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Centre next to school could become sweetie shop for drug users, says resident
NEIGHBOURS fear anti-social behaviour on their doorstep after plans for homes for “troubled” children in residential areas were submitted.
Fears have been raised the application for 156 Picker-sleigh Road, Malvern, will bring children with behavioural problems or issues with drugs or alcohol to within a stone’s throw of nearby Grove Primary School.
Meanwhile, it has emerged a similar application for a former bed and breakfast at 166 Worcester Road has been made by controversial security firm G4S – despite no mention of the company in the application documents.
Both applications have received a flood of objections from residents about potential anti-social behaviour and parking. On the Pickersleigh Road centre – which would house five people at a time and employ up to seven staff – resident Garry Jones said: “They would be young offenders with their own problems, obviously.
“If there are drug users we could end up with drug dealers at the bottom of the road and unsavoury incidents.”
Saying the centre could become “a sweetie shop for drug users”, Mr Jones – whose two young grandchildren attend the school – pointed out that the proposed home would also be close to a respite centre for old people, Howbury House, and painted a scenario where drug users might be tempted to break in.
Applicant Priya Mehra could not be contacted for comment.
Although Simon Herbert of childrenhomes2013 is listed as the applicant for the Worcester Road development, it has emerged that no such company exists and Mr Herbert himself is a director of G4S.
It has been alleged in several national newspapers within the past few months the company has made numerous similar applications in Mr Herbert’s name in order to conceal the nature of its agreement in the plans.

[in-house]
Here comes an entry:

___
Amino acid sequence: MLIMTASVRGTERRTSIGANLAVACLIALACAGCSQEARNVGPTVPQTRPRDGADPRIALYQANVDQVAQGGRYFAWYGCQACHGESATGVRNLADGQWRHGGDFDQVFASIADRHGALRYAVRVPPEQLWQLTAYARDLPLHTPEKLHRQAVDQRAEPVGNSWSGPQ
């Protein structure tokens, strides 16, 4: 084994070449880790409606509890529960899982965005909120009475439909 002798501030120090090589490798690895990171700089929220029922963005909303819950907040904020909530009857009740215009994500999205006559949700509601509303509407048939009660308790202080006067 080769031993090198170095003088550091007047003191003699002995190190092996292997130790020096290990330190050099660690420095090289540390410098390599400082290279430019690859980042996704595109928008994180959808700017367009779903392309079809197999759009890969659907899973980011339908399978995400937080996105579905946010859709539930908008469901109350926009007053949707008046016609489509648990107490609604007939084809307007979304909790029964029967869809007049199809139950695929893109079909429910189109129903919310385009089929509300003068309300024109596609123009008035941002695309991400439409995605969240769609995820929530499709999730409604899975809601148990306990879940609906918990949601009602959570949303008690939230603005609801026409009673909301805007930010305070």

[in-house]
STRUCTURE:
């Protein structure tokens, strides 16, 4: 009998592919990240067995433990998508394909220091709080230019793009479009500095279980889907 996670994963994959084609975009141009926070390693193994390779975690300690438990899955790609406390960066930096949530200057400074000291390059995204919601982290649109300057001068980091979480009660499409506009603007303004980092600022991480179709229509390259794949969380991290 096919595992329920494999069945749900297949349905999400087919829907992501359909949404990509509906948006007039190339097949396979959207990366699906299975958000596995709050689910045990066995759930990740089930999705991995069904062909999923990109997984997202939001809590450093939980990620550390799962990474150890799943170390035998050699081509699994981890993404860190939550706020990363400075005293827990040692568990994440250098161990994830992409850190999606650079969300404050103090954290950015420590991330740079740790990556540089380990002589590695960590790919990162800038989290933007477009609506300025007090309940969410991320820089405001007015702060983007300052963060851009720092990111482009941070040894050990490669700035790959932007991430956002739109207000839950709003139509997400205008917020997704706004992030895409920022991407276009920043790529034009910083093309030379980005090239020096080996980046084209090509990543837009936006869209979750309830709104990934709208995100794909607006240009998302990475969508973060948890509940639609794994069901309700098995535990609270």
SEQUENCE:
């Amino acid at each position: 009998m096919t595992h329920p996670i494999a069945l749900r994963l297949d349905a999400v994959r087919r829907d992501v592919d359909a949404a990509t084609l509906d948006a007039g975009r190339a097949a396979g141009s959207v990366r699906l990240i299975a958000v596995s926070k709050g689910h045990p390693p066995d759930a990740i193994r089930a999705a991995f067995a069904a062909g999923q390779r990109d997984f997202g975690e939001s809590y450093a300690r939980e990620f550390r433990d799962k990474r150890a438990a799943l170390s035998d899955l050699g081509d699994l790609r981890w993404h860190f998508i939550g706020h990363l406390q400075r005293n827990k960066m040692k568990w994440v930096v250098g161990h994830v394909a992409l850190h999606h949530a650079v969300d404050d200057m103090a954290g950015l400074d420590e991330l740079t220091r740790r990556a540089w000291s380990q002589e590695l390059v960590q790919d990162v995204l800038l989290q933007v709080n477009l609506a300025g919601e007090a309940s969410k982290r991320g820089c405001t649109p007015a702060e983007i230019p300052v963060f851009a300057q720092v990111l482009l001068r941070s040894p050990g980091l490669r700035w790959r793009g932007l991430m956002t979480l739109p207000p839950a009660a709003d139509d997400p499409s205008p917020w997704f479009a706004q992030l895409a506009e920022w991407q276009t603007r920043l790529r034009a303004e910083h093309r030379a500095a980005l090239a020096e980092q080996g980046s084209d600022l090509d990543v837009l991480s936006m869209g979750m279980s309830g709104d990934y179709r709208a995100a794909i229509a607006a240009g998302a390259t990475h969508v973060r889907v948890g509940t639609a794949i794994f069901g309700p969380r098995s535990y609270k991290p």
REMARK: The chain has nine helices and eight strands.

In a letter to Malvern Hills District Council’s (MHDC) planning department, resident Brian Iles of Bank Street said he was concerned the building would be used for young offenders rather than just ‘children’ as specified in the application.
“It would appear G4S make a habit of being somewhat underhand when making applications of this type,” he wrote.
“I therefore urge MHDC to not grant permission to this application, at least until G4S have the decency to speak to the neighbours regarding the true intended use of Rosendale House.”
A spokesman for G4S – which recently came under fire for overcharging the Government by tens of millions of pounds for electronic tagging services – said this was common practice in making these sorts of applications.
“It’s not a case of hiding ourselves from the public,” she said. “It’s more that we would prefer our competitors not to be aware of our plans.”
A MHDC spokesman said it had no idea G4S was involved until a reporter from the Worcester News phoned. G4S is not thought to be connected to the Pickersleigh Road application.
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